Shut up n' Listen

From Strategy+Business : Researchers at the Human Dynamics Group at the Massachusetts Institute of Technology’s Media Lab, analyzed the speech patterns (only the physical voice signal: the measured variations in tone and pitch) of the operators on call center floors and found that they could predict accurately, after only a few seconds of listening, the ultimate success or failure of almost every call.

Successful operators, it turned out, speak little and listen much. When they do speak, their voices fluctuate strongly in amplitude and pitch, suggesting interest and responsiveness to the customer’s needs. Operators who speak with little variation come across as too determined and authoritative, but by speaking invitingly, being responsive but not pushy, a skilled operator can let callers find their own way to a sale.

This finding throws down a profound challenge to the prevailing views of organizational effectiveness. Most explanations of human behavior in the business world presume that people — be they employees, consumers, or executives — are influenced most by meaning and reasoning. It’s what gets said that matters, not how it is said. But the per­formance of these telephone operators and a growing volume of other evidence suggest that this view is seriously flawed.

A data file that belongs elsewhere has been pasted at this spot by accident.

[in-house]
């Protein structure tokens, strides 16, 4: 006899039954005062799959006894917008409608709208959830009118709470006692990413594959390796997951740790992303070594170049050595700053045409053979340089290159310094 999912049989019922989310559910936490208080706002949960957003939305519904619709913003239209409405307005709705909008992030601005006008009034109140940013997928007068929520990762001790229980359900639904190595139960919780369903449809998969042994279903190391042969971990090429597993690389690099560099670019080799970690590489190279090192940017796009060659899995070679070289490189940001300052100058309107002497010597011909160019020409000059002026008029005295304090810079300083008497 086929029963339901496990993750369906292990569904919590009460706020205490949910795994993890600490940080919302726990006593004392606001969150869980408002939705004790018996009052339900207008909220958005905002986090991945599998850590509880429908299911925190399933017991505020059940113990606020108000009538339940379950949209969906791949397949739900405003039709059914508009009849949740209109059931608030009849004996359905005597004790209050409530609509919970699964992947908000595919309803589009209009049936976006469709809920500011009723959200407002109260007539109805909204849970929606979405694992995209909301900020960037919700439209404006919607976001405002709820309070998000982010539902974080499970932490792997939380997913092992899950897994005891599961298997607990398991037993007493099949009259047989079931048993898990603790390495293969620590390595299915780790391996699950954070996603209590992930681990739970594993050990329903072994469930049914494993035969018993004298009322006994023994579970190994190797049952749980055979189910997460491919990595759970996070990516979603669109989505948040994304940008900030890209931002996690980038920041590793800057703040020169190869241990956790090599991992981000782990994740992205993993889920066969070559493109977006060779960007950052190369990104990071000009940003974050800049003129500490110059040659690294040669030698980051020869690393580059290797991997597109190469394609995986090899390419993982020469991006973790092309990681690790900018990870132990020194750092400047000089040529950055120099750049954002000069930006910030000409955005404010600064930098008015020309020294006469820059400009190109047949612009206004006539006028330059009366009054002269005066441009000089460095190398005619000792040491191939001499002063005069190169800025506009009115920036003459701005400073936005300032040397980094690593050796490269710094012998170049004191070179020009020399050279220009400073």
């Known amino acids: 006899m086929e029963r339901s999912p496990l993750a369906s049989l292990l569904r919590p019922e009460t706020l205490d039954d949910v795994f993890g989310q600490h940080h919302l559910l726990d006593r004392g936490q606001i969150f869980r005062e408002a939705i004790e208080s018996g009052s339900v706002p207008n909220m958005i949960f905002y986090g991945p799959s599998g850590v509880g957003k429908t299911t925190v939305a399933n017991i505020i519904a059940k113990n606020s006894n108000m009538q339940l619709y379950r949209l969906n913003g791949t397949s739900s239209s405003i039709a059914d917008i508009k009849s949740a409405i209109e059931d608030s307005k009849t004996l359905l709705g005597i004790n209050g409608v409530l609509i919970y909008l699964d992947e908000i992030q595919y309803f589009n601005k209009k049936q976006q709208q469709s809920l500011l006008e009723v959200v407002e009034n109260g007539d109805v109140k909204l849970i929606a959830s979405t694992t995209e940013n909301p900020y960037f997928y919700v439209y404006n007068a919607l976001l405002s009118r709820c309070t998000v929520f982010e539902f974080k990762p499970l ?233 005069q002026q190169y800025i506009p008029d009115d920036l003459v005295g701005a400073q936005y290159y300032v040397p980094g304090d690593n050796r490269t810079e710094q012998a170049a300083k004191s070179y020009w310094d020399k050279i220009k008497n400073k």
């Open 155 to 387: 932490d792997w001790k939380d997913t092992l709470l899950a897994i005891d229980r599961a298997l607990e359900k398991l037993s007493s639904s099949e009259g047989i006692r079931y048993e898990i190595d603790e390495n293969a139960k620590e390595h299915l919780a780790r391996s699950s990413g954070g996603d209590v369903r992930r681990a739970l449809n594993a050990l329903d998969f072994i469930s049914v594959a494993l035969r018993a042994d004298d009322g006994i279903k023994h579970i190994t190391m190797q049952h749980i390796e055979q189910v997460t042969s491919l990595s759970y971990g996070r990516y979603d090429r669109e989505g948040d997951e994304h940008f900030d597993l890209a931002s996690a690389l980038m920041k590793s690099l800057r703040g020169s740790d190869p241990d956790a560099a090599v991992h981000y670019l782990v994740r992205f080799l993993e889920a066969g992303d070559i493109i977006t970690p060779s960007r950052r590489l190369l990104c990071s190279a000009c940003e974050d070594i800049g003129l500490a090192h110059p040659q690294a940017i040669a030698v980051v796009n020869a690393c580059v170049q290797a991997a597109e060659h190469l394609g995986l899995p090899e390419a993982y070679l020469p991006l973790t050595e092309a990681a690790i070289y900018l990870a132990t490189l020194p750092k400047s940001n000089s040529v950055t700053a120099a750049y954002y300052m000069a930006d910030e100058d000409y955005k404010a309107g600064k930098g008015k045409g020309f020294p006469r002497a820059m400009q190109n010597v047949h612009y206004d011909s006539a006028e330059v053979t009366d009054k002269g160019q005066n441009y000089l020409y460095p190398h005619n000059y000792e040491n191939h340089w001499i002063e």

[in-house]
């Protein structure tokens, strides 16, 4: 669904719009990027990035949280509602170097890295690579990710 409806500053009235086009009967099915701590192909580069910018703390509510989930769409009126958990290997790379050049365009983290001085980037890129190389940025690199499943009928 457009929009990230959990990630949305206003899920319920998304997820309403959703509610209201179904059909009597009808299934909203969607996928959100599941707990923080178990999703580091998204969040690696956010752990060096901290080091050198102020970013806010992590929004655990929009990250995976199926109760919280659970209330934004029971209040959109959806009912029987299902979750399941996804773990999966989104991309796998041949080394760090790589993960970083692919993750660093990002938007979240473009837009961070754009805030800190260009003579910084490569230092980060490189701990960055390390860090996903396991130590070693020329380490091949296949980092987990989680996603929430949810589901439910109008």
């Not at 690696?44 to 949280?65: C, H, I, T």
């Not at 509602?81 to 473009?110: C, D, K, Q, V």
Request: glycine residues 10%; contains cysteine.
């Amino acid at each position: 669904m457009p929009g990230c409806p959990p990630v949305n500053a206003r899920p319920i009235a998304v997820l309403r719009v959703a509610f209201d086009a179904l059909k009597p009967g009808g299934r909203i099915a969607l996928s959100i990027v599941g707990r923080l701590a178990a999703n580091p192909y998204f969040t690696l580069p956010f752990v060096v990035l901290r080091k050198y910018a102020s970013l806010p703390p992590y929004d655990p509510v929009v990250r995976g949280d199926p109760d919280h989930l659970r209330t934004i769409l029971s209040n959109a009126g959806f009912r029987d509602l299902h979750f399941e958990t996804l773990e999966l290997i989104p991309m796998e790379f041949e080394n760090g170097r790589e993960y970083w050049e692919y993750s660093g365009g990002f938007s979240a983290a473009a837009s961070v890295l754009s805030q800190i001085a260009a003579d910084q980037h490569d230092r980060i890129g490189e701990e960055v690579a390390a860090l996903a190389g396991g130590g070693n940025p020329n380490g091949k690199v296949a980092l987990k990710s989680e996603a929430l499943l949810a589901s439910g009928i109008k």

In a wide variety of facets of everyday business, the keys to sustained success may actually lie in understanding the kinds of signals that are ordinarily overlooked: tone of voice, body language, the ways people congregate (or don’t), the time spent on tasks, the rhythms of workplace activity, and the patterns of social networks.


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